Investment for beginners?

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Perhaps because I’m paying him to, my 20 year old is paying some attention to where his pension is being invested. I say “is”, but our first contribution to his workplace pension is awaiting his opt-in. Meanwhile he’s asking – so what’s happening to my money once I sign up?

To answer this question I pointed him to NEST’s Fund factsheets. Although the lad’s been to university, he remarked that following  this link was “scary”.

Despite the non-intimidating invitation (above) a NEST factsheet is not likely to make much sense to more than a handful of NEST’s 7,000,000 members.

Here for instance is NEST CIO explaining what’s been going on in the last quarter.

fawcettThisis not the stuff of everyday reading. What are “strong fundamentals”, what’s a “monetary policy tightening cycle” . What does “normalise interest rates” mean. This is not a commentary designed to be read by NEST members, it is aimed directly at people like Mark Fawcett who do factsheets for a living.

The impression that a 20 year old gets when reading this stuff is “get the f*ck off my land”.

Ownership of the “investment piece” is definitely not in the hands of the beneficiary but the investor and Mark’s language makes it clear that it’s him and his chums who will be talking with each other.

Factsheets are universally written like this, to use the awful word , stray readers are being “normalised” to the language of the experts.


How green is my pension?

The DC funds of NEST and (as announced yesterday WTW’s master-trust “Lifesight”, are increasingly invested in a responsible way with an eye to environmental, social and governance best practice. We might well asked why we have to include the word “increasingly”, but that’s because they are the exception not the rule.

Despite lots of noise, L&G have still not adopted its own Future World fund into its default. Despite having been CIO at B&CE and  People’s Pension for well over a year, the People’s Pension default shows no sign of green.

fawcett 2.PNGNEST’s recent announcement that it is going to increasingly “go green” in its investment strategy, translates into this statement in Mark Fawcett’s commentary.

This is great for finding out what Mark’s team are up to , but it is totally disconnected from the member’s purchasing experience. If my son wants to purchase fund management from NEST, should he be investing in the NEST commodities fund -if so – how does he do that? Or is that fund part of the foundation or accumulation phase of the NEST default. Or is it part of the NEST Ethical Fund? There are no answers to these questions in the Commentary and (short of phoning the NEST investment team up and asking) I know no way of finding this information out.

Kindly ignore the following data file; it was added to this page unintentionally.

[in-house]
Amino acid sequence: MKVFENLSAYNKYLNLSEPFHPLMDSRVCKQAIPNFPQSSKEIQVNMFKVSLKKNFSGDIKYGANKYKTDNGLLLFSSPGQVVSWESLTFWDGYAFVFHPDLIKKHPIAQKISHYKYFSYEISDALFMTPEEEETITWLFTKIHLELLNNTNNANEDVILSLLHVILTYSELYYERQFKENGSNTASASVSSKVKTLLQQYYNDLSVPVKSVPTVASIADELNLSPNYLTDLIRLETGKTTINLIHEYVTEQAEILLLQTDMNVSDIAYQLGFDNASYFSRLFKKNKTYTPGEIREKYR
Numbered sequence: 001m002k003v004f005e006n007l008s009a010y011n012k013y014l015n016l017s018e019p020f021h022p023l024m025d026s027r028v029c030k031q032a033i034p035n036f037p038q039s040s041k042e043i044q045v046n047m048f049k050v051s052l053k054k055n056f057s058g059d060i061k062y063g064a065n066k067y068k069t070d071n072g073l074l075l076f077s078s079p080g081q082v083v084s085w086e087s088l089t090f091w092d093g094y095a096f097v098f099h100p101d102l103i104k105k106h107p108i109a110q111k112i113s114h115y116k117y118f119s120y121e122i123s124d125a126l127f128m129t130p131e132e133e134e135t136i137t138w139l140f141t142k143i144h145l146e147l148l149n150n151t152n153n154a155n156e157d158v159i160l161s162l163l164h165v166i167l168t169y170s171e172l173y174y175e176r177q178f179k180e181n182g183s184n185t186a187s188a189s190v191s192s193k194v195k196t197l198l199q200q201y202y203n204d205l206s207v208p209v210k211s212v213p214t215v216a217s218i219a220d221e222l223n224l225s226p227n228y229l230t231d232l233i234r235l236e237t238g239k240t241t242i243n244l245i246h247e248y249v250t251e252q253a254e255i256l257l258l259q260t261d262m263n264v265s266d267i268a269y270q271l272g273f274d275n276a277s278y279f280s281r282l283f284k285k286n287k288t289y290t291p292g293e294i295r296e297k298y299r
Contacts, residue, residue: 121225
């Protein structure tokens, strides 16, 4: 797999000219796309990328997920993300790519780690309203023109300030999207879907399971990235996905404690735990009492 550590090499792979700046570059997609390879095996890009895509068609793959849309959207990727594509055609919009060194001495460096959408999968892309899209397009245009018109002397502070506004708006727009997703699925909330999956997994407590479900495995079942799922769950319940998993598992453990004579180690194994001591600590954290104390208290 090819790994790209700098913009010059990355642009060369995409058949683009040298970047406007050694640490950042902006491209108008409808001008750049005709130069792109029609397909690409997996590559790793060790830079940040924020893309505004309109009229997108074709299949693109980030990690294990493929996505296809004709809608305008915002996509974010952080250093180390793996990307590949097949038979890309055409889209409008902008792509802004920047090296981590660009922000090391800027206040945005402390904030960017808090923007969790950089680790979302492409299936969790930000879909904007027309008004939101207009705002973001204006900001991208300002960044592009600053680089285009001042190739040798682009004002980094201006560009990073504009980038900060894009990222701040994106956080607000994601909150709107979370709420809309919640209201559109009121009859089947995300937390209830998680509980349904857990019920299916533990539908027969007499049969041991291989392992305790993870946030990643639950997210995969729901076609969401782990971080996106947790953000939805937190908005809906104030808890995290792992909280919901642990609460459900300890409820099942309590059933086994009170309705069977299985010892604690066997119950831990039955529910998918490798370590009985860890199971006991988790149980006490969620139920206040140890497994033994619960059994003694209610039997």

It is only when my son scrolls down the PDF to the individual fund fact sheets themselves, that he gets any answer to the question “where is my fund invested”. Each fund factsheet lists (as it has to do), the top holdings of the fund. The small print tells you that these holdings are “equities” and that 40% of the fund is invested in other assets such as “dynamic risk management” – whatever that is!

Apple, Amazon and other household names are on the list but there’s no comment on what makes them any more or less ethical, nothing here that a 20 year old engaged investor can get his teeth into.

Once again, there is a sense that this factsheet has been written for other investment professionals, the 7,000,000 ordinary members of NEST should “get off their f*cking land”.

Which is a shame, because Fawcett is getting it right with his fund management, NEST is producing the goods – year after year and has already got a magnificent story to tell.


We are (almost) all “beginners”.

Turn on your phone and go to its app store, you won’t find a NEST app that will tell you what you are invested in if you are in the default. There is no signposting to investors who might want to explore ways to get their money more responsibly invested. There’s no information or links that helps people understand the complicated terms in the factsheets (Sordino ratio” anyone). The assumption is that you either are in the club or need to go away and get your CFA exams).

But life and investment aren’t and shouldn’t be like that.

A very large proportion of NEST investors (possibly a majority according to recent Ignition House research) , do not know that they are invested. They know nothing more about how NEST their money is managed than how their bank deposits are managed.